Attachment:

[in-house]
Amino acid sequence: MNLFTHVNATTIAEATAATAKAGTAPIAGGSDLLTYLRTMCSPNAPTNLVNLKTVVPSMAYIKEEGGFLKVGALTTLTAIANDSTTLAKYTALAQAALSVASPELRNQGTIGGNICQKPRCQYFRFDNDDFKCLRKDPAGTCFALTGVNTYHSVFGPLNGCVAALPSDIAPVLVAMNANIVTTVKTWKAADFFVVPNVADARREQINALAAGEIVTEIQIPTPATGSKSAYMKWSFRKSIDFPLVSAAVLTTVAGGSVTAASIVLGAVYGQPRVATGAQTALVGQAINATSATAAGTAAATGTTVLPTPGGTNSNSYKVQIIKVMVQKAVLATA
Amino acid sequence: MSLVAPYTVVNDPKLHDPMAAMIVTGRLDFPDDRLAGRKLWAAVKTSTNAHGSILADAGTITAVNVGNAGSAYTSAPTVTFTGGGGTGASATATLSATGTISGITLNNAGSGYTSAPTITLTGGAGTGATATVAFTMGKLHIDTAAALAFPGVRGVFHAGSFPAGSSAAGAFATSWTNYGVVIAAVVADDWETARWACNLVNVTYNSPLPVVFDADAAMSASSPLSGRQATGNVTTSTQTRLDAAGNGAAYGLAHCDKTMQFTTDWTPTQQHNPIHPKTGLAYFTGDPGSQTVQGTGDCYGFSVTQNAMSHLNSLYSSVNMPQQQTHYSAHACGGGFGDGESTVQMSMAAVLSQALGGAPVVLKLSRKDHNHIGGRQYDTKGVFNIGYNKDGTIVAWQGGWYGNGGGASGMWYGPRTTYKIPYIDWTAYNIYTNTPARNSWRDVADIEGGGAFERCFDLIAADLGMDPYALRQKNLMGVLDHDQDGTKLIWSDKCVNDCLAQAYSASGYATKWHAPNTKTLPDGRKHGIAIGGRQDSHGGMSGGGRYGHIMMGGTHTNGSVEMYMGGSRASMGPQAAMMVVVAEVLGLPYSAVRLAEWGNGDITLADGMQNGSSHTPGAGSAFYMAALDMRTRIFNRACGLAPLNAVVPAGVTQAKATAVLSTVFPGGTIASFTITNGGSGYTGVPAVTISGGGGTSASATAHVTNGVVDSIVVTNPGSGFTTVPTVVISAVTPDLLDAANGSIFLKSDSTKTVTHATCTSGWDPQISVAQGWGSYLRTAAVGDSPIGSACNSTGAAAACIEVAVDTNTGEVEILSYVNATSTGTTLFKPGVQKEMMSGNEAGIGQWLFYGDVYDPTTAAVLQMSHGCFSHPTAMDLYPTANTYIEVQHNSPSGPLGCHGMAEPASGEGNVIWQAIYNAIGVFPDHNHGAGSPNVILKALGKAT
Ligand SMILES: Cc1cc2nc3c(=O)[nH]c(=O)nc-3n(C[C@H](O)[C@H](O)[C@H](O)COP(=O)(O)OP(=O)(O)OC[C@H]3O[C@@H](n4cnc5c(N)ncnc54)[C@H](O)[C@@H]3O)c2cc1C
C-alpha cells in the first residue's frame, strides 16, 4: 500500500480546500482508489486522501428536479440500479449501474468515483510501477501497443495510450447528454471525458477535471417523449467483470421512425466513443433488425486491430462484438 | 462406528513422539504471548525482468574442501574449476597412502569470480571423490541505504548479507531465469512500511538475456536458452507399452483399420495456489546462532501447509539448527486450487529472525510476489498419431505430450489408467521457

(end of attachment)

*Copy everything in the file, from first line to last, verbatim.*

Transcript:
[in-house]
Amino acid sequence: MNLFTHVNATTIAEATAATAKAGTAPIAGGSDLLTYLRTMCSPNAPTNLVNLKTVVPSMAYIKEEGGFLKVGALTTLTAIANDSTTLAKYTALAQAALSVASPELRNQGTIGGNICQKPRCQYFRFDNDDFKCLRKDPAGTCFALTGVNTYHSVFGPLNGCVAALPSDIAPVLVAMNANIVTTVKTWKAADFFVVPNVADARREQINALAAGEIVTEIQIPTPATGSKSAYMKWSFRKSIDFPLVSAAVLTTVAGGSVTAASIVLGAVYGQPRVATGAQTALVGQAINATSATAAGTAAATGTTVLPTPGGTNSNSYKVQIIKVMVQKAVLATA
Amino acid sequence: MSLVAPYTVVNDPKLHDPMAAMIVTGRLDFPDDRLAGRKLWAAVKTSTNAHGSILADAGTITAVNVGNAGSAYTSAPTVTFTGGGGTGASATATLSATGTISGITLNNAGSGYTSAPTITLTGGAGTGATATVAFTMGKLHIDTAAALAFPGVRGVFHAGSFPAGSSAAGAFATSWTNYGVVIAAVVADDWETARWACNLVNVTYNSPLPVVFDADAAMSASSPLSGRQATGNVTTSTQTRLDAAGNGAAYGLAHCDKTMQFTTDWTPTQQHNPIHPKTGLAYFTGDPGSQTVQGTGDCYGFSVTQNAMSHLNSLYSSVNMPQQQTHYSAHACGGGFGDGESTVQMSMAAVLSQALGGAPVVLKLSRKDHNHIGGRQYDTKGVFNIGYNKDGTIVAWQGGWYGNGGGASGMWYGPRTTYKIPYIDWTAYNIYTNTPARNSWRDVADIEGGGAFERCFDLIAADLGMDPYALRQKNLMGVLDHDQDGTKLIWSDKCVNDCLAQAYSASGYATKWHAPNTKTLPDGRKHGIAIGGRQDSHGGMSGGGRYGHIMMGGTHTNGSVEMYMGGSRASMGPQAAMMVVVAEVLGLPYSAVRLAEWGNGDITLADGMQNGSSHTPGAGSAFYMAALDMRTRIFNRACGLAPLNAVVPAGVTQAKATAVLSTVFPGGTIASFTITNGGSGYTGVPAVTISGGGGTSASATAHVTNGVVDSIVVTNPGSGFTTVPTVVISAVTPDLLDAANGSIFLKSDSTKTVTHATCTSGWDPQISVAQGWGSYLRTAAVGDSPIGSACNSTGAAAACIEVAVDTNTGEVEILSYVNATSTGTTLFKPGVQKEMMSGNEAGIGQWLFYGDVYDPTTAAVLQMSHGCFSHPTAMDLYPTANTYIEVQHNSPSGPLGCHGMAEPASGEGNVIWQAIYNAIGVFPDHNHGAGSPNVILKALGKAT
Ligand SMILES: Cc1cc2nc3c(=O)[nH]c(=O)nc-3n(C[C@H](O)[C@H](O)[C@H](O)COP(=O)(O)OP(=O)(O)OC[C@H]3O[C@@H](n4cnc5c(N)ncnc54)[C@H](O)[C@@H]3O)c2cc1C
C-alpha cells in the first residue's frame, strides 16, 4: 500500500480546500482508489486522501428536479440500479449501474468515483510501477501497443495510450447528454471525458477535471417523449467483470421512425466513443433488425486491430462484438 | 462406528513422539504471548525482468574442501574449476597412502569470480571423490541505504548479507531465469512500511538475456536458452507399452483399420495456489546462532501447509539448527486450487529472525510476489498419431505430450489408467521457